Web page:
How do they do it?
£9.99, or your local budget price equivalent,
for a double CD. OK, there is no libretto:
but there are 41 cue points in total
with a synopsis for each track. Additionally
there is an interesting and lengthy
background article on the opera. More
importantly there is a producer’s explanatory
note. Finally the new Naxos box (well,
new to me) with its centrally hinged
disc holding flap is a real improvement
on the edge swung predecessor. We really
cannot ask for more.
So what is the rationale?
Mark Obert-Thorn, our redoubtable producer,
comments on three problems: first, detail
obscured by the venue of the original
recording; second, the extraneous noises
on the master tapes and finally, pitch
variations to be "found between
sections recorded at different times
on some previous editions". He
continues, "For this restoration
I used the best portions drawn from
eight LP copies".
Therefore we should
be in for a treat and within the limitations
of any historical recording that is
precisely what this is. This is Callas
and Di Stefano performing vocal gymnastics.
It was tempting to write ‘performing
vocal callisthenics’ and to leave you
to draw any pun, but ‘light exercises’
it is not.
It is an almost unbelievable
plot with some less than perfect lines.
But this powerful cast overcomes any
such problems and carries the listener
forward on a wave of self-belief. This
is not an Elvira descended into madness:
this Elvira slips from sanity and back
again in a performance more distrait
than demented. Arturo is made to appear
a patriotic if thoughtless hero rather
than an impetuous twit. Giorgio becomes
the emotional uncle convincingly
in loco parentis. Riccardo would
lead even the timid into military action.
Stir into that pot the obviously symbiotic
relationship between Serafin and Callas,
and the interdependence between them
and all other performers. Here is the
catalyst for a dramatic production of
Serafin’s pacing is
superb. Whilst the dynamics of the orchestral
introductions are idiosyncratic and
the storm not particularly convincing,
there is a full round sound with the
smooth early brass, later becoming stirringly
martial in Suoni la tromba. Indeed
the inevitable underlying military themes
are drilled out to great effect with
occasional orchestral over enthusiasm
drowning the singers in its wake. Curiously
the orchestral depth of sound appears
to increase as the opera progresses
– perhaps a consequence of a different
LP being used.
Strong dynamics, lyricism
and a crisp delivery distinguish the
chorus. Sadly even this restoration
lets them down in that too often the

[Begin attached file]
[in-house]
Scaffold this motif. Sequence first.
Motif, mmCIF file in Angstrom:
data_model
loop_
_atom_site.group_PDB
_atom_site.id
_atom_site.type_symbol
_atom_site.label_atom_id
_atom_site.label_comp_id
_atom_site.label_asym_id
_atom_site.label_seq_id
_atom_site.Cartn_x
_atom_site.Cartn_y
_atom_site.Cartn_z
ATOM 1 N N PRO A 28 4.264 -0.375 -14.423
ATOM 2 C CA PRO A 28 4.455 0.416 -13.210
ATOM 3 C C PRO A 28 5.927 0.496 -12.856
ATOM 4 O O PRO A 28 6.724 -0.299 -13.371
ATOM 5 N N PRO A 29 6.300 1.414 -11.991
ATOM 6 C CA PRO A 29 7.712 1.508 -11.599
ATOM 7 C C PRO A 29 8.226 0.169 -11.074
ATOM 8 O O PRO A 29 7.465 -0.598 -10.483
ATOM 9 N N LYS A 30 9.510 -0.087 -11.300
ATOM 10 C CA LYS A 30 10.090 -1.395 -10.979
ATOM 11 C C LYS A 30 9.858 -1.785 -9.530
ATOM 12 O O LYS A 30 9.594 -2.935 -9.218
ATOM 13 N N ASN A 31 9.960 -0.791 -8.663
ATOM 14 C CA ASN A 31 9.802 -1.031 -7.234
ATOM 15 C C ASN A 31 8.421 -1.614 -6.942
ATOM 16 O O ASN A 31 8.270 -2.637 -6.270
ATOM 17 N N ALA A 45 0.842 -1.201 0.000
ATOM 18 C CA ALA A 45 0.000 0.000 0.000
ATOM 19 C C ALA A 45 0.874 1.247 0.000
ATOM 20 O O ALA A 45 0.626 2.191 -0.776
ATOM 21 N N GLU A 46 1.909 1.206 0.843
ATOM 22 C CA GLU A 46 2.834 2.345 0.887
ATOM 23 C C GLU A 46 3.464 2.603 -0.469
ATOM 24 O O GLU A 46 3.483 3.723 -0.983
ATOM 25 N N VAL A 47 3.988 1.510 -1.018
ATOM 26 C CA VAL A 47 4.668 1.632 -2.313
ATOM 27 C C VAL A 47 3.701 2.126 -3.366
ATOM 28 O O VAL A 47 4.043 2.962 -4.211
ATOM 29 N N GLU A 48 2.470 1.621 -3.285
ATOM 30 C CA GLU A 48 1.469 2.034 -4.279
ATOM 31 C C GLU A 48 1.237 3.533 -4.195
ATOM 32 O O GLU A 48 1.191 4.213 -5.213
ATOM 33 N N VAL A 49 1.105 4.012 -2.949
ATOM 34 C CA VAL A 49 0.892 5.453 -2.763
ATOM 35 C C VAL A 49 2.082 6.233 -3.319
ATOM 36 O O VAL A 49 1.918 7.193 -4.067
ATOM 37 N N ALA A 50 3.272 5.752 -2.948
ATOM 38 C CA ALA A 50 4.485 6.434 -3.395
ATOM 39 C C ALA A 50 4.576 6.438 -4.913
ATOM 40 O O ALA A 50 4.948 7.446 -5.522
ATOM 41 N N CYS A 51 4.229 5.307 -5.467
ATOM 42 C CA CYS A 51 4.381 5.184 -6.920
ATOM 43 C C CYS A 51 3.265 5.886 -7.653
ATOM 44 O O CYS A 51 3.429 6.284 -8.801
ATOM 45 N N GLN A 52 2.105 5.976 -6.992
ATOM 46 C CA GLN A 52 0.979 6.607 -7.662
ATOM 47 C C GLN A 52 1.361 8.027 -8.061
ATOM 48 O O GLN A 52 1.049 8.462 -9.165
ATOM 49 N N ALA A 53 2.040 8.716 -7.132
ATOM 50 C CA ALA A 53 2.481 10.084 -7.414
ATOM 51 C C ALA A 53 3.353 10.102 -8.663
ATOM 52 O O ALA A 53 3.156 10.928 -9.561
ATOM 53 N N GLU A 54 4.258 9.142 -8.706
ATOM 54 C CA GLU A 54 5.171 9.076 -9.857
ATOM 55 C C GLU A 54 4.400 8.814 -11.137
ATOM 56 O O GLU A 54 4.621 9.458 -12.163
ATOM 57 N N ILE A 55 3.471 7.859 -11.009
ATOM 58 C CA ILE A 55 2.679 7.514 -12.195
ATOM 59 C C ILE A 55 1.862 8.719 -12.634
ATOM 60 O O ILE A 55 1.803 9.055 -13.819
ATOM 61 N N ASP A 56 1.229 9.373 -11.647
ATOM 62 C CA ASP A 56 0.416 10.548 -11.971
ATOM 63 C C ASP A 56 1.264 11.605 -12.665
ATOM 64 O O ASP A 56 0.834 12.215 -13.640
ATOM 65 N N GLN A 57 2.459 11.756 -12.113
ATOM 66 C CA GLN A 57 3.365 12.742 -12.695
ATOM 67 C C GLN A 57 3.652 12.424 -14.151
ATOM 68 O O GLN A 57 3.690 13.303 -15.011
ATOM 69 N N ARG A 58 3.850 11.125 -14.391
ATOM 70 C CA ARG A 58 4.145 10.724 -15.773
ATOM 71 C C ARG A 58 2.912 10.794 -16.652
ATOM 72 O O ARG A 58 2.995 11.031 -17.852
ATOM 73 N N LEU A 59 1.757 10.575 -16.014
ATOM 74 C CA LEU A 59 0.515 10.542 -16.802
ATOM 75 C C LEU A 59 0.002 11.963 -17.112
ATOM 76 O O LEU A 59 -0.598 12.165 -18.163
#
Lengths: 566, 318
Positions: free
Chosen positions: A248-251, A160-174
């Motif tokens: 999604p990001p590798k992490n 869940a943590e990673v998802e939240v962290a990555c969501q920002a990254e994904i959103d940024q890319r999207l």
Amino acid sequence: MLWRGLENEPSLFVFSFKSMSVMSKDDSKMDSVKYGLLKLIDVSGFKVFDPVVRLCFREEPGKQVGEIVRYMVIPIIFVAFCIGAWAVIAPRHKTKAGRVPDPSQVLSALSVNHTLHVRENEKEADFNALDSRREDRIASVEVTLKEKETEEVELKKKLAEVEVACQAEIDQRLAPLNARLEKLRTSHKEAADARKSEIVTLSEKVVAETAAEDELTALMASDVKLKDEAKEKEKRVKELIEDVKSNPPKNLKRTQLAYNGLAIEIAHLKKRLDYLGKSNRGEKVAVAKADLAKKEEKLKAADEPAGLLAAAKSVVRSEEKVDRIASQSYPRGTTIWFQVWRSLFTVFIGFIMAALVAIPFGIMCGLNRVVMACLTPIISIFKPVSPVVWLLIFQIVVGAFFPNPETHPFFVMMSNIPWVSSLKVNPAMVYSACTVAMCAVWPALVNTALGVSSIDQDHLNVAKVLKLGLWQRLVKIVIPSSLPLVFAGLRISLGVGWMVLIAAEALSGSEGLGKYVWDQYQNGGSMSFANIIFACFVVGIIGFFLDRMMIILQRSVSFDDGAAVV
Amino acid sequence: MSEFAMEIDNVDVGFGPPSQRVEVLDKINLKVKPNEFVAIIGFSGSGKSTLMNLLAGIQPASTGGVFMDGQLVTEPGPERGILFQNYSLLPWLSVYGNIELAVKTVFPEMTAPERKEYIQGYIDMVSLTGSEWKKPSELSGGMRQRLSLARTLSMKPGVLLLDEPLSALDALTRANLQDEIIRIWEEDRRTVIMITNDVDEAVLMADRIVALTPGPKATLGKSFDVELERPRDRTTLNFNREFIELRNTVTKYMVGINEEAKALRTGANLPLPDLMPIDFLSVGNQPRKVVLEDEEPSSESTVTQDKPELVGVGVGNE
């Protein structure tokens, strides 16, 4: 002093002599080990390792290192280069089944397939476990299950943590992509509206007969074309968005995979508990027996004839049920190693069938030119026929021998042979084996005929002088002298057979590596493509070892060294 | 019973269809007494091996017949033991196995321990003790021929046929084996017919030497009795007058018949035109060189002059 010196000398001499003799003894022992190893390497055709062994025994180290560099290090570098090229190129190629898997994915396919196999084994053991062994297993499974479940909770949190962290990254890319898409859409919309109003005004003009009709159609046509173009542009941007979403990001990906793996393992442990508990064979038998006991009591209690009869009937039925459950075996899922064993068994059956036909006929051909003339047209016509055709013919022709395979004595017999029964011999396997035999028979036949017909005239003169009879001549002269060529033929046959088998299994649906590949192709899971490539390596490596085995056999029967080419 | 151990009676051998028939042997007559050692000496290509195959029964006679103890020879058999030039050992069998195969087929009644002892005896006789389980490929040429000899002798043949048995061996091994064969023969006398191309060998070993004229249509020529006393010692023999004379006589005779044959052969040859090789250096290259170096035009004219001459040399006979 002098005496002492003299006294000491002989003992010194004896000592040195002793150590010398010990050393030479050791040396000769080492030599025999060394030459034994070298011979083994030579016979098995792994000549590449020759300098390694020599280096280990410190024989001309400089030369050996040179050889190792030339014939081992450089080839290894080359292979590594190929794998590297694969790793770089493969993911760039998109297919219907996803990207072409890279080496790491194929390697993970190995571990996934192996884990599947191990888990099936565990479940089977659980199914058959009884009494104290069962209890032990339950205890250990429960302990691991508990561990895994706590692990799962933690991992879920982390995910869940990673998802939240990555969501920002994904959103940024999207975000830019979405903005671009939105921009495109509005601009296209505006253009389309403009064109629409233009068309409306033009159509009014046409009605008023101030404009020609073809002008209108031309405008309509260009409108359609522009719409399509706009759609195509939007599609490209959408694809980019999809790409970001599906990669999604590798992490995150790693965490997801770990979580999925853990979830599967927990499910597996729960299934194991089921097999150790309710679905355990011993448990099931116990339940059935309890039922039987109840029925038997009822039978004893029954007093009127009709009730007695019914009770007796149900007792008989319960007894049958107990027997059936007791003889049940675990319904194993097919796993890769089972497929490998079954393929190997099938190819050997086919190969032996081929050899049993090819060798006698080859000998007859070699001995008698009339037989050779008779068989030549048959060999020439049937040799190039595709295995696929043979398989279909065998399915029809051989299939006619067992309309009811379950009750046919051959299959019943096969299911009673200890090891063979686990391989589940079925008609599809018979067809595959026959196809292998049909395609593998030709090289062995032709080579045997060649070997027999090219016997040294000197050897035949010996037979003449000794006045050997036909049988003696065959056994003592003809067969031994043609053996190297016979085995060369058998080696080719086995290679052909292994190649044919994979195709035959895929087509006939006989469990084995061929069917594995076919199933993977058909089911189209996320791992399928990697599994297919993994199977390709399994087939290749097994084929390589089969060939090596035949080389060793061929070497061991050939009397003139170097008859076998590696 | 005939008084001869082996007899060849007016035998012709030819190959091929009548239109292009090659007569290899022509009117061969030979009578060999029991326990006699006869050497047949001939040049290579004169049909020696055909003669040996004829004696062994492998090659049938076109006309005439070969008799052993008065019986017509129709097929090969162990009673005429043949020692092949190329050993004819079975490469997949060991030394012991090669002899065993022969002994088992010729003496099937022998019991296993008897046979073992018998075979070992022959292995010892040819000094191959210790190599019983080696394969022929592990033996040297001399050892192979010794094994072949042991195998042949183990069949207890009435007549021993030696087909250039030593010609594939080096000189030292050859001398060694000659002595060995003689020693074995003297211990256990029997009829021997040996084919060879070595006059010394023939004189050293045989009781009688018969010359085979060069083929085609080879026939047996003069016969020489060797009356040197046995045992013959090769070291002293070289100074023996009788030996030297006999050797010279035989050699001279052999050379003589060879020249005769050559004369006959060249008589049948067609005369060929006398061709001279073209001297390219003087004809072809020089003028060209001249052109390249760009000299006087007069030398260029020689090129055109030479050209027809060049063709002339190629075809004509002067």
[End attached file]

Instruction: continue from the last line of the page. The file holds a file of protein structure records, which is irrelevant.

chorus becomes a fuzzy or husky sound
with consequent reduction in diction
definition. Similar problems occur for
the orchestra at forte: there is a blurring
or crumbling of sound. Fortunately these
disappointments do not beset the soloists.
Others have written
of the developing hard edge to the Callas
voice. Perhaps. Perhaps not. What is
unequivocal is her manifest understanding
of the role. The brilliant crystal clarity
of her upper notes (with the occasional
non-Bellini high), the naturally relaxed
runs (with the occasional non-Bellini
glissando), and the floated notes all
remind us of the remarkable voice the
world so enjoyed.
Nothing less can be
said of Di Stefano. His is a truly beautiful
tone with some remarkable colours: his
entrance aria A te, o cara puts
this in perspective immediately. The
portrayal of the loyal cavalier and
the devoted lover is carried off almost
effortlessly. His duets with Callas,
particularly Finì…me lassa
allows each to develop a legato
of almost infinite beauty.
If the bass of Rossi-Lemeni
has a slight tremolo, it serves to heighten
the intensity of his feelings for his
niece. Cinta di fiori is an excellent
example of heart-tugging emotion. A
deep brown warm tone second to none.
Panerai, as Riccardo,
suffers from some unfortunate placing
of microphones – a problem not capable
of total rectification. From time to
time he seems lost within strong orchestral
moments. That said his lament / cavatina
Ah! per sempre io ti perdei has
a phrasing and colouring second to none
with exemplary clarity of diction.
Equally clear is Mercuriali
as Bruno. A small but important role
despatched with sharp and clear-timbred
accuracy. Carlo Forti as Valton is a
firm voiced bass. Angelo Cattelani as
the widowed Queen has the occasional
wobble with a touch of shrill at forte.
Otherwise she portrays well the escaping
queen, with some wonderfully coloured
lower register notes.
This was a Walter Legge-assembled
cast and the one point which that (almost)
guarantees is a superb vocal balance
between all participating voices. So
it is here - even when off-stage. The
glorious sound of the first ensemble
O di Cromvel guerrieri drifts
from the castle.
For plot development
much depends on Panerai and Rossi-Lemeni.
Despite the cuts in opera length reducing
the interchanges between them, a crude
arithmetical exercise still puts them
on stage/recording for longer than the
other characters. They are quite excellently
balanced with complementary dark tones.
Callas and Rossi-Lemeni
in recitative sound the caring uncle
and distraught, becoming delighted,
niece. A quel nome (cued at Odi…Qual
suon si desta?) has a tonal balance
which delights. What of those showpiece
ensembles into which Bellini put such
effort? The vocal balance is outstanding
in dynamics, tone and lyricism.
By any standard this
is an excellent CD. I thought I heard
just one click but would put no money
on it. There is some sound disturbance
to which I have referred: there were
the occasional extraneous noises (early
on which was initially a bit off-putting):
but do not worry. This is ‘£10’ worth
of marvellous music.